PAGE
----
A recent study shows that commutes longer than fifteen miles can lead to obesity, increased belly fat, high blood pressure and lack of exercise.
The study, published in the American Journal of Preventive Medicine, included more than 4,200 adults who commuted to work in two Texas cities. The study found that people who commuted more than fifteen miles a day were more likely to be obese, have increased amounts of belly fat and were also less likely to get an adequate amount of exercise than those who commuted less than five miles a day. The study also showed that people who drove at least ten miles to work each day tended to have high blood pressure.
A preventive cardiologist at Lenox Hill Hospital in New York City, Suzanne Steinbaum, DO states, “You are on your way to heart disease. You have an elevated blood pressure, an elevated BMI, an elevated waist circumference; you’re on your way to diabetes and high cholesterol.”
The study cannot link these outcomes to extended commutes directly, holding that these results may indicate that longer commutes lend themselves to unhealthy habits, thus causing the resulting depletion in health. However, previous studies involving traffic have linked increased stress and high levels of blood pressure with traffic levels and road congestion. Additional factors may include lack of sleep, less free time, and increased consumption of fast food.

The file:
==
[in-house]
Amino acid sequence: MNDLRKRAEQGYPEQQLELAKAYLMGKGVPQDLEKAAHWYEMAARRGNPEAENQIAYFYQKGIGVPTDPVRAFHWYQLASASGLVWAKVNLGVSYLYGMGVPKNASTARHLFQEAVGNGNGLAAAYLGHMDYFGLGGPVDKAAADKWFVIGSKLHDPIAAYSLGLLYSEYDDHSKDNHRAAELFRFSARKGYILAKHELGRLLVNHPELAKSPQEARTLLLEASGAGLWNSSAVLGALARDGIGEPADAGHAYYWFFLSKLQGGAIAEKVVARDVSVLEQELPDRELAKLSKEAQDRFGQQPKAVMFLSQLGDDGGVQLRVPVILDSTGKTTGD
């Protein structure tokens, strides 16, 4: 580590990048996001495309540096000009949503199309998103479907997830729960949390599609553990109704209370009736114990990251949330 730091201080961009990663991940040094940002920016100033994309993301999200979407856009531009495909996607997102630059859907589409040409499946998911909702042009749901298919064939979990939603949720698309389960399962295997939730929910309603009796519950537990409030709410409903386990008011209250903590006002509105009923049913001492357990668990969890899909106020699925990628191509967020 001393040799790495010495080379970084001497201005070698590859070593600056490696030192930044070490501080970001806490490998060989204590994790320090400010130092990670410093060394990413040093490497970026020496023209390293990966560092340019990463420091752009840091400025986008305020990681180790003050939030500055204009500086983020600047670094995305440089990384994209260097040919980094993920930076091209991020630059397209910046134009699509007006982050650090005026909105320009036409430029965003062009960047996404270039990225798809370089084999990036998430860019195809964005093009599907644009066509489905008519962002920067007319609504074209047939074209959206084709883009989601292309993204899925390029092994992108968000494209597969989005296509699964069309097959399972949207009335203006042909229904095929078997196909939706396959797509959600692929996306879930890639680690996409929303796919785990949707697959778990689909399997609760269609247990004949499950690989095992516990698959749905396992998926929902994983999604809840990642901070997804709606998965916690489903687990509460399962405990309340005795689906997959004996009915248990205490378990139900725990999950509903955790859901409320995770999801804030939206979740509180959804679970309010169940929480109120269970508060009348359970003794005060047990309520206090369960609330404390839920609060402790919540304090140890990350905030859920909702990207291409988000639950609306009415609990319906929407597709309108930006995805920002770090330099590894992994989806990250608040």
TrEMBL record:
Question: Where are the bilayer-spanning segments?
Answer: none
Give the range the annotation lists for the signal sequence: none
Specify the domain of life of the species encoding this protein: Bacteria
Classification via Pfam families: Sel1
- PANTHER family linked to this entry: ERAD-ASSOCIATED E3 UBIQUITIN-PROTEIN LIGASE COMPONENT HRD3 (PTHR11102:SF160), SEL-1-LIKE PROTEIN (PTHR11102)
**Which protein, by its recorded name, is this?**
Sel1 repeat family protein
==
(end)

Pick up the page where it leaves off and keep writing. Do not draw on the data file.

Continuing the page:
Much like death and taxes, commuting is a part of life. Jobs, offices, and hours often change on a whim; to this end time management becomes an essential part of life outside the commute. Taking the stairs instead of an elevator, wearing a fitness tracking device and getting enough sleep are all small measures you can take to prevent your commute from chipping away at your health. No matter the cause, this correlation is hard to ignore and another excellent reason why Atlanta’s ever present traffic problem needs to be addressed with the Regional Transportation Referendum on July 31, 2012. Vote YES for les rigor and more vigor.
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